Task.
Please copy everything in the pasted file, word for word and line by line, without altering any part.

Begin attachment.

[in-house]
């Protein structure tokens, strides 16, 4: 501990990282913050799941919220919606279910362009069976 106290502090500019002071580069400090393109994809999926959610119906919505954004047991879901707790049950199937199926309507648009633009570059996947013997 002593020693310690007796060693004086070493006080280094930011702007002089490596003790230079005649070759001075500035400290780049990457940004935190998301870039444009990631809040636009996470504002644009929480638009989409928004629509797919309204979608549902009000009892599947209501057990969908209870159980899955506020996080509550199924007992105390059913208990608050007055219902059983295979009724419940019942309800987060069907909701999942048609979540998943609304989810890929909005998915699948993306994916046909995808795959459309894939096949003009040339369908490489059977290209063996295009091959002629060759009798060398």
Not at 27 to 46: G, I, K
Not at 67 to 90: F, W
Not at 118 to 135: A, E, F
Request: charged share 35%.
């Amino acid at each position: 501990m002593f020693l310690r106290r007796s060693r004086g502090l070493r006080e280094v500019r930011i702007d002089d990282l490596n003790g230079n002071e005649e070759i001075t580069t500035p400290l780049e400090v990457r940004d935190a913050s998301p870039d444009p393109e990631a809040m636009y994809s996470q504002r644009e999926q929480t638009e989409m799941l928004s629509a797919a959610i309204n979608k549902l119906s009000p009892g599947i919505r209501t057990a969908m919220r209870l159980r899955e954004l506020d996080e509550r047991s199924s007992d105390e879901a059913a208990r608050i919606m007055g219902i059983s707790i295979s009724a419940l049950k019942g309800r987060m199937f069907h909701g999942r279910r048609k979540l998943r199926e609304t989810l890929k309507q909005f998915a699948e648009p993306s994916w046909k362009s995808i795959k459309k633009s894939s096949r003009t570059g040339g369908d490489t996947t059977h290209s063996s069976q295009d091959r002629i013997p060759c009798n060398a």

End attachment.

[in-house]
């Protein structure tokens, strides 16, 4: 501990990282913050799941919220919606279910362009069976 106290502090500019002071580069400090393109994809999926959610119906919505954004047991879901707790049950199937199926309507648009633009570059996947013997 002593020693310690007796060693004086070493006080280094930011702007002089490596003790230079005649070759001075500035400290780049990457940004935190998301870039444009990631809040636009996470504002644009929480638009989409928004629509797919309204979608549902009000009892599947209501057990969908209870159980899955506020996080509550199924007992105390059913208990608050007055219902059983295979009724419940019942309800987060069907909701999942048609979540998943609304989810890929909005998915699948993306994916046909995808795959459309894939096949003009040339369908490489059977290209063996295009091959002629060759009798060398």
Not at 27 to 46: G, I, K
Not at 67 to 90: F, W
Not at 118 to 135: A, E, F
Request: charged share 35%.
């Amino acid at each position: 501990m002593f020693l310690r106290r007796s060693r004086g502090l070493r006080e280094v500019r930011i702007d002089d990282l490596n003790g230079n002071e005649e070759i001075t580069t500035p400290l780049e400090v990457r940004d935190a913050s998301p870039d444009p393109e990631a809040m636009y994809s996470q504002r644009e999926q929480t638009e989409m799941l928004s629509a797919a959610i309204n979608k549902l119906s009000p009892g599947i919505r209501t057990a969908m919220r209870l159980r899955e954004l506020d996080e509550r047991s199924s007992d105390e879901a059913a208990r608050i919606m007055g219902i059983s707790i295979s009724a419940l049950k019942g309800r987060m199937f069907h909701g999942r279910r048609k979540l998943r199926e609304t989810l890929k309507q909005f998915a699948e648009p993306s994916w046909k362009s995808i795959k459309k633009s894939s096949r003009t570059g040339g369908d490489t996947t059977h290209s063996s069976q295009d091959r002629i013997p060759c009798n060398a």